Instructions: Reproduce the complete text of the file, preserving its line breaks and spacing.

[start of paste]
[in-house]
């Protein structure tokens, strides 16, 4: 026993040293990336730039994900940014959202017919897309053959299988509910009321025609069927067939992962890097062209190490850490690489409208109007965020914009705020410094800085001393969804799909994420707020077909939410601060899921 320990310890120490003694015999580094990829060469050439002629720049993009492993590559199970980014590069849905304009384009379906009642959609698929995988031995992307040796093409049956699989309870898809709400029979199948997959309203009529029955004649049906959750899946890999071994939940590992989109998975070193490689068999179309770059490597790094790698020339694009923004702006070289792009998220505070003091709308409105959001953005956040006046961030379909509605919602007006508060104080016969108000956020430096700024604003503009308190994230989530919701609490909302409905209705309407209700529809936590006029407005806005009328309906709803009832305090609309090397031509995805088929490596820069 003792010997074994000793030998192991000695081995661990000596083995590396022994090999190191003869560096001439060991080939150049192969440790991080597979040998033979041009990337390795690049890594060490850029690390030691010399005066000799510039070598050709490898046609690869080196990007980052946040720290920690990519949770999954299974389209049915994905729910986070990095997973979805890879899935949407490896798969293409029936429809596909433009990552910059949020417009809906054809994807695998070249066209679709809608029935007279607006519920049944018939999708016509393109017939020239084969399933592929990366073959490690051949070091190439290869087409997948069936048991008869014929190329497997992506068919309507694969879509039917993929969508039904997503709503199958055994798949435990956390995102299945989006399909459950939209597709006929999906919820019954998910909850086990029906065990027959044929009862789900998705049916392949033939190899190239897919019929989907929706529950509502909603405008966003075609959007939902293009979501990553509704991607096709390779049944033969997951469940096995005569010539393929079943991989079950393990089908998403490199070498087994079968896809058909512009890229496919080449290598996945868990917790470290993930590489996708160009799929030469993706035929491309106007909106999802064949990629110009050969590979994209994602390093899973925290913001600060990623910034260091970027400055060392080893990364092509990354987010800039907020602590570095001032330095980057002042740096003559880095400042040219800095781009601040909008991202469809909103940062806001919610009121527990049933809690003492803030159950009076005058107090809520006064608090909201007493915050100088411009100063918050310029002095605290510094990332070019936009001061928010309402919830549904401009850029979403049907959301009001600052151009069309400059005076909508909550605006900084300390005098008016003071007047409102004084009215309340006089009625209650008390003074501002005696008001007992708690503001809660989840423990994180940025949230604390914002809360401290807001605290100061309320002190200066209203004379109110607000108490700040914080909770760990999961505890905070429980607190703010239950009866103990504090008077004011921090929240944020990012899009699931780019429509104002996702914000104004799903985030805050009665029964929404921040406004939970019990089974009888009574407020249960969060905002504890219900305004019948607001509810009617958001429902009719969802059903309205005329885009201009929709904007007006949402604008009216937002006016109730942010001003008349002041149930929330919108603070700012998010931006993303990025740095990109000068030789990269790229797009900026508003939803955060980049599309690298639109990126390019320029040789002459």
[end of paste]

[in-house]
């Protein structure tokens, strides 16, 4: 026993040293990336730039994900940014959202017919897309053959299988509910009321025609069927067939992962890097062209190490850490690489409208109007965020914009705020410094800085001393969804799909994420707020077909939410601060899921 320990310890120490003694015999580094990829060469050439002629720049993009492993590559199970980014590069849905304009384009379906009642959609698929995988031995992307040796093409049956699989309870898809709400029979199948997959309203009529029955004649049906959750899946890999071994939940590992989109998975070193490689068999179309770059490597790094790698020339694009923004702006070289792009998220505070003091709308409105959001953005956040006046961030379909509605919602007006508060104080016969108000956020430096700024604003503009308190994230989530919701609490909302409905209705309407209700529809936590006029407005806005009328309906709803009832305090609309090397031509995805088929490596820069 003792010997074994000793030998192991000695081995661990000596083995590396022994090999190191003869560096001439060991080939150049192969440790991080597979040998033979041009990337390795690049890594060490850029690390030691010399005066000799510039070598050709490898046609690869080196990007980052946040720290920690990519949770999954299974389209049915994905729910986070990095997973979805890879899935949407490896798969293409029936429809596909433009990552910059949020417009809906054809994807695998070249066209679709809608029935007279607006519920049944018939999708016509393109017939020239084969399933592929990366073959490690051949070091190439290869087409997948069936048991008869014929190329497997992506068919309507694969879509039917993929969508039904997503709503199958055994798949435990956390995102299945989006399909459950939209597709006929999906919820019954998910909850086990029906065990027959044929009862789900998705049916392949033939190899190239897919019929989907929706529950509502909603405008966003075609959007939902293009979501990553509704991607096709390779049944033969997951469940096995005569010539393929079943991989079950393990089908998403490199070498087994079968896809058909512009890229496919080449290598996945868990917790470290993930590489996708160009799929030469993706035929491309106007909106999802064949990629110009050969590979994209994602390093899973925290913001600060990623910034260091970027400055060392080893990364092509990354987010800039907020602590570095001032330095980057002042740096003559880095400042040219800095781009601040909008991202469809909103940062806001919610009121527990049933809690003492803030159950009076005058107090809520006064608090909201007493915050100088411009100063918050310029002095605290510094990332070019936009001061928010309402919830549904401009850029979403049907959301009001600052151009069309400059005076909508909550605006900084300390005098008016003071007047409102004084009215309340006089009625209650008390003074501002005696008001007992708690503001809660989840423990994180940025949230604390914002809360401290807001605290100061309320002190200066209203004379109110607000108490700040914080909770760990999961505890905070429980607190703010239950009866103990504090008077004011921090929240944020990012899009699931780019429509104002996702914000104004799903985030805050009665029964929404921040406004939970019990089974009888009574407020249960969060905002504890219900305004019948607001509810009617958001429902009719969802059903309205005329885009201009929709904007007006949402604008009216937002006016109730942010001003008349002041149930929330919108603070700012998010931006993303990025740095990109000068030789990269790229797009900026508003939803955060980049599309690298639109990126390019320029040789002459």